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Carnivores, of which the most remarkable is the Fossa or Cryptoprocta—a large cat-like animal allied to the Civets, but sufficiently distinct to form a separate family (see Fig. 19, p. 102) according to some authorities. Of the Civets, besides a Viverricula closely allied to the Indian Civet, there are six genera with eight species of Mongooses, all confined to the island. Of these the most remarkable is Eupleres—a form the jaws and teeth of which are so weak and small, that it was at one time thought to belong to the Insectivora. On the whole, out of the seven genera of Carnivora found in the island, six are absolutely peculiar.

Among the Insectivora of this Sub-region even greater specialisation prevails. Besides two species of ubiquitous shrews (Sorex) said to occur there, there are eight genera of this Order found in Madagascar, all of which are confined to the island. Geogale, a small mouse-like animal about which little is known, is said to be allied to Potamogale, an aquatic otter-like animal found only in Western Africa. The remaining seven genera make up the family Centetide, the affinities of which are somewhat doubtful, but seem on the whole to approach the Solenodonts, a group confined to the Greater Antilles. The best known of the Centetidæ is the Tenrec—the largest member of the order, between twelve and sixteen inches long, and devoid of a tail (see Fig. 20, p. 104). The young of this creature are covered with spines like a hedgehog, but these are lost in the adult state.

The Bats of Madagascar, as would naturally be expected, do not exhibit the great peculiarities found among the other orders of mammals. Out of about twelve genera only one is confined to the island. The distribution of Pteropus, the genus of large tropical fruit-eating bats, often called “ Flying-foxes," is interesting. Five members of this genus are found in the Malagasy Sub-region, including two species in the Comoro islands, and although these islands are almost within sight of the mainland of Africa, not a single representative of the true Pteropus has yet been obtained on the continent.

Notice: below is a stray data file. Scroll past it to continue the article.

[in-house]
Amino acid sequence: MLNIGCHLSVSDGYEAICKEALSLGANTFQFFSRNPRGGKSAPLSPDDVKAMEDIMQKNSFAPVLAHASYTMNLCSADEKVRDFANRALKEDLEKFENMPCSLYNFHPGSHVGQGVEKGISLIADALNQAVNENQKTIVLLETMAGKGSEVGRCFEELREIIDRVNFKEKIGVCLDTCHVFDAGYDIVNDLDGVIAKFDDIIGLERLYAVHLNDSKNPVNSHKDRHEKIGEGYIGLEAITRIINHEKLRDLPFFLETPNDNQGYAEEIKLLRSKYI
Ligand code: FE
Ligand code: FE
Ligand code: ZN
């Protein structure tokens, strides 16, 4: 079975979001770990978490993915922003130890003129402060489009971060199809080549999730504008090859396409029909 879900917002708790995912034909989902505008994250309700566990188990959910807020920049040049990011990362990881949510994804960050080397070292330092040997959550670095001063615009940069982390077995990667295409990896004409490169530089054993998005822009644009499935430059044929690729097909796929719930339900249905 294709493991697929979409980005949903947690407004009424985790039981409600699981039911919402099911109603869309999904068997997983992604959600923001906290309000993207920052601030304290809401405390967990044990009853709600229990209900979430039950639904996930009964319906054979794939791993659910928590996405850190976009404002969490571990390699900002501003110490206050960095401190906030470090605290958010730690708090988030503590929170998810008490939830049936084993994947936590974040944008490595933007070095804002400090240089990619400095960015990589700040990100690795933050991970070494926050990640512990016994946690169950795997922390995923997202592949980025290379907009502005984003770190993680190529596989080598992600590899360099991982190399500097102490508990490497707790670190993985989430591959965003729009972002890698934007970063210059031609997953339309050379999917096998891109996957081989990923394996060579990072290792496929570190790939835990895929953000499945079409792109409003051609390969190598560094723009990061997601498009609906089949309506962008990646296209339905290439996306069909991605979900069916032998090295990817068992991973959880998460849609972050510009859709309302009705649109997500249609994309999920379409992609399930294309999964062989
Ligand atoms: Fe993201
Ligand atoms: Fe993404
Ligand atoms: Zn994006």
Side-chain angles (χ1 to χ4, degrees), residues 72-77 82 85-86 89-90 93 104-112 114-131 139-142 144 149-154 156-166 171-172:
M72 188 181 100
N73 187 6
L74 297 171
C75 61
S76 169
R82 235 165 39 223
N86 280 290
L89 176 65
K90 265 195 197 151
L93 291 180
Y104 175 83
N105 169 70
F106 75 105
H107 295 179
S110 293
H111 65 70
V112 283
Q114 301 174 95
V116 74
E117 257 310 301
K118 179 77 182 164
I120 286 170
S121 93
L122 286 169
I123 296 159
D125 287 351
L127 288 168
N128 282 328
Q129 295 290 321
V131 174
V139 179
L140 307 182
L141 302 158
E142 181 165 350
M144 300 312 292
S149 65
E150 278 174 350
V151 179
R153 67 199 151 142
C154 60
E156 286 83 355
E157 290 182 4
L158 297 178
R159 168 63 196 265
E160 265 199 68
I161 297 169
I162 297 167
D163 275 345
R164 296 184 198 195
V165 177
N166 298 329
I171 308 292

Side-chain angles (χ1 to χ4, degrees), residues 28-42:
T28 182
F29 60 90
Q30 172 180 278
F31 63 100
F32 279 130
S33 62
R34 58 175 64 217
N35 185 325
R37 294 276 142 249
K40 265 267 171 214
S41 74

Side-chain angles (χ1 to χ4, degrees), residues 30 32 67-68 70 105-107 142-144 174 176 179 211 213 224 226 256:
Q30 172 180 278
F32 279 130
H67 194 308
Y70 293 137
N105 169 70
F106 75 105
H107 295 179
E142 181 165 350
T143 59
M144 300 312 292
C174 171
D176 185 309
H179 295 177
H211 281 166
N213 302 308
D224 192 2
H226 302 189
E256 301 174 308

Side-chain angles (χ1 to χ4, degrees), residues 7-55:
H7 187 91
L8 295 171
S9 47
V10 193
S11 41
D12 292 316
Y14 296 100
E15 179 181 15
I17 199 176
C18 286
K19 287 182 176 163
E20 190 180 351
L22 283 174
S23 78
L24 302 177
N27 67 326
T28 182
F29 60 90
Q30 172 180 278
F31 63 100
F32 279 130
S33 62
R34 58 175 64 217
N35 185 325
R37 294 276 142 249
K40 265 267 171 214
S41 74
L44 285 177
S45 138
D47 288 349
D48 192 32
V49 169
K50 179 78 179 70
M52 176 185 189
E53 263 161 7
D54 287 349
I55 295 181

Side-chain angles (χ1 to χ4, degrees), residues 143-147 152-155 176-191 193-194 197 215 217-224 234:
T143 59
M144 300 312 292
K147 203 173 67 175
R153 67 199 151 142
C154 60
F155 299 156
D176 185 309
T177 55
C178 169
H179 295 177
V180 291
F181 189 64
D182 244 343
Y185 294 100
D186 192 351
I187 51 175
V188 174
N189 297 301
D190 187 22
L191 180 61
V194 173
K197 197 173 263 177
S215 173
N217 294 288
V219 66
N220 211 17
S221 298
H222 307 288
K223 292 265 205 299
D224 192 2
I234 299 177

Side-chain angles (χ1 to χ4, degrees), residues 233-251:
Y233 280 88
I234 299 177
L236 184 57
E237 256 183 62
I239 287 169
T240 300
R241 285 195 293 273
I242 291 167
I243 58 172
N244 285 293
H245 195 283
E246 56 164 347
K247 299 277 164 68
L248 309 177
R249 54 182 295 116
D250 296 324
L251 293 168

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Finally, among the Lemurs we reach the culminating point of the Fauna of this strange land. No less than eleven genera of this Sub-order are entirely confined to the Sub-region, while outside of it there are only five genera now in existence, two of them belonging to Africa proper, and three to the Oriental Region.

The lemurs are none of them very large; they are all arboreal animals, spending their lives retired in the forest, and, as a rule, strictly nocturnal. Though allied to the monkeys, they have none of their vivacity and intelligence;

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they move but slowly, and have usually very large eyes, which are no doubt necessitated by their nocturnal habits. The lemurs inhabiting Madagascar are divided into two families : (a) the Lemuridæ, with ten genera and about thirty-five species, to which family, also, the African and two of the Oriental genera are generally assigned; and (6)

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the Chiromyidæ. The Indrises (Indrisine) form a distinct sub-family of Lemuride with three genera, all restricted to Madagascar (see Fig. 21, p. 105). The typical Lemurs (Lemuridæ) are also only found in this island (see Fig. 22, p. 106).

The second family of the Lemurine Order (Chiromyidæ) contains only a single genus and species, the extremely

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anomalous Aye-aye, discovered by the traveller Sonnerat in 1780 (see Fig. 23). There are generally examples of this curious animal in the Zoological Society's gardens in London, but, unless especially aroused, they are seldom seen by daylight. Their chief peculiarity is the long, thin,

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